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The Basics of Building on Rural Land for Tractor Operators

We want to help you understand some basic things before you start building on your rural land.

And as a quick aside --- we are here to help you purchase a new tractor when the time is right.

Let’s get started on our journey.

American Dream

Building a new standard home or farmhouse, is a dream for many people. You get to determine the land’s use, customize the house, and design the landscaping.

While all this is a beautiful dream --- it can also turn into a nightmare quickly if you do not know some very basic things.


There are many items to consider before getting started.

You need to consider the access to utilities, water and land conservation, and zoning issues --- to name a few.


According to the U.S. Census Bureau…

There are roughly 47 million adults (aged 18+) living in rural areas. They are likely to live in single-family homes and reside in their state of birth.

Veterans represent roughly 11% of the adult population that is living in rural areas.

According to the National Association of Homebuilders…

Land prep and land accounts for 25%-30% of the total buy-and-build project costs. Those numbers can quickly go up in rural areas. This is because the costs for labor, shipping, and materials go up.

Check in your area for experienced and reliable construction companies to work with you. They can help you navigate suppliers and subcontractors. This can help you control costs. They can also handle the whole project.

We also recommend working with your state’s rural planning department.


If you plan to build, you need to consider and understand all the applicable aspects of zoning.

Property zoning is typically governed by local ordinances and laws. These divide the land into different areas or “zones” --- including residential and commercial.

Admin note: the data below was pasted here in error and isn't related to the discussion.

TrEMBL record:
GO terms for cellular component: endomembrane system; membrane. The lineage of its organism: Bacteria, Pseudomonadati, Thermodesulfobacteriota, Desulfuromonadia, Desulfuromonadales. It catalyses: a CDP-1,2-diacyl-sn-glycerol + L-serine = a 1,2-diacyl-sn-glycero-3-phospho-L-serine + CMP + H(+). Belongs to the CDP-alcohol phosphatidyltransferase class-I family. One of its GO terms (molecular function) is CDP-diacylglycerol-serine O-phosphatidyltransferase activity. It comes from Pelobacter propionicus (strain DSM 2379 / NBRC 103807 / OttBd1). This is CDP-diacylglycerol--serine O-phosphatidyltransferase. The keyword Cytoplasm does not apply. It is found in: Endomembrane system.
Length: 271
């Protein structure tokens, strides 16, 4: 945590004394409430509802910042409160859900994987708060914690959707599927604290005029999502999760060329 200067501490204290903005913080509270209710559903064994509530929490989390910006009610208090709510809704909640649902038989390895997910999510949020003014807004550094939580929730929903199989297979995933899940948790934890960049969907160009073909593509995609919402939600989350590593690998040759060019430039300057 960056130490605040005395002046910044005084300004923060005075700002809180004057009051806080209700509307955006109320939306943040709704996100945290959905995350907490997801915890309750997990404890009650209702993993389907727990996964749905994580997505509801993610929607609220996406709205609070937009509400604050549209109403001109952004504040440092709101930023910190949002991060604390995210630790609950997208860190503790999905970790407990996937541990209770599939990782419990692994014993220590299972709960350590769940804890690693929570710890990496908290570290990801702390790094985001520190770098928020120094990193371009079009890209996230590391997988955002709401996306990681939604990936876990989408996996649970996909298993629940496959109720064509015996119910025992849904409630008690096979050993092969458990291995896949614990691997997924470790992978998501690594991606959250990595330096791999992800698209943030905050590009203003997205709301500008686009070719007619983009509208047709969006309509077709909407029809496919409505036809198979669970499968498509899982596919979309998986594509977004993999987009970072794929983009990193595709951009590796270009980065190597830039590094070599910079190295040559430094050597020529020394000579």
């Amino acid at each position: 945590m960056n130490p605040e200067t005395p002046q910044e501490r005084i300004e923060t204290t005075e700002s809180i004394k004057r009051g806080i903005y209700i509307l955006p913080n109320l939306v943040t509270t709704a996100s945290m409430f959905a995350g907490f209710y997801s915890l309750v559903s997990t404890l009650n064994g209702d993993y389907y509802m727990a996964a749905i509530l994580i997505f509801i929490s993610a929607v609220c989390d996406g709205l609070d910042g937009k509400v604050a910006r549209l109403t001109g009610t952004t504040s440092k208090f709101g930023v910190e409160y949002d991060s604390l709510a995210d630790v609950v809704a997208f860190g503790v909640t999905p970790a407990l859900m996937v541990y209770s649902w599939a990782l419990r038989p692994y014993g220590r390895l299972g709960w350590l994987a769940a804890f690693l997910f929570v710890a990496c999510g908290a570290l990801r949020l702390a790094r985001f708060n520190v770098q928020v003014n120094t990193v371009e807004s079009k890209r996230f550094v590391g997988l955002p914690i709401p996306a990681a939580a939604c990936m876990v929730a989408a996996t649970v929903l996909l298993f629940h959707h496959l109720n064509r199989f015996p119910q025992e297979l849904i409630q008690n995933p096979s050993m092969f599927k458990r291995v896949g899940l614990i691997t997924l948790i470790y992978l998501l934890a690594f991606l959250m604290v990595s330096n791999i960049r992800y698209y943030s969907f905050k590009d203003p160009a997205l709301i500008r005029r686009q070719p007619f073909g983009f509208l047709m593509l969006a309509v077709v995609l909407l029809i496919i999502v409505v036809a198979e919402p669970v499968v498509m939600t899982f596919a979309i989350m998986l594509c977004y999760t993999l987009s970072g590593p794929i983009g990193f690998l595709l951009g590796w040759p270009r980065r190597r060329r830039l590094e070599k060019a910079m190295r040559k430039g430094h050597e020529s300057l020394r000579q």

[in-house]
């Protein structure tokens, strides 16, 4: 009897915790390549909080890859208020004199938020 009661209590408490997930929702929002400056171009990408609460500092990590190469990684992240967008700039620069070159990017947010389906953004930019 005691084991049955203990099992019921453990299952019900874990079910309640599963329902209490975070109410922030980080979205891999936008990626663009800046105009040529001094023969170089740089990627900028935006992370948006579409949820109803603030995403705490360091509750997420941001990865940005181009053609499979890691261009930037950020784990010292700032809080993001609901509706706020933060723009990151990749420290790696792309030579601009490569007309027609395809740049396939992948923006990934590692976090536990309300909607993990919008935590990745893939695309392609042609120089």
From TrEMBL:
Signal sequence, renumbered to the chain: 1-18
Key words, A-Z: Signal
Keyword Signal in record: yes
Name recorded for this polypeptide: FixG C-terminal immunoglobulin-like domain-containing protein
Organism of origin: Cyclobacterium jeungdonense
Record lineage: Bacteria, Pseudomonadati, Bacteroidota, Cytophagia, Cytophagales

All areas have specific uses. Uses are restricted only to the purposes that are allowed in the applicable zone.

Land that is designated as “rural” has restrictions on the number and the size of any buildings. There can also be subsections in rural zones. These include “environmental.” Construction on certain portions of the land might be prohibited. Undisturbed animal habitats must be maintained (such as meadows or existing trees) on the land.

Agricultural --- or what’s called “Ag Zoning” --- refers to the designations made by the local jurisdictions. They are intended to protect farmland and farming activities from incompatible non-farm uses.

Usually designated as “A-1” land or zoning --- the purpose of this zoning is to conserve and protect open land uses. This fosters orderly growth in rural areas, as well as prevent urban agricultural land use conflicts.

There are other zoning restrictions to watch for including minimums for emergency vehicle access. You also need to consider sewer or septic connections, rainwater runoff control, and municipal water or well water hookups. There are also minimums for the lot size, square footage of houses, as well as restrictions as to how many residences can occupy a lot or a given area.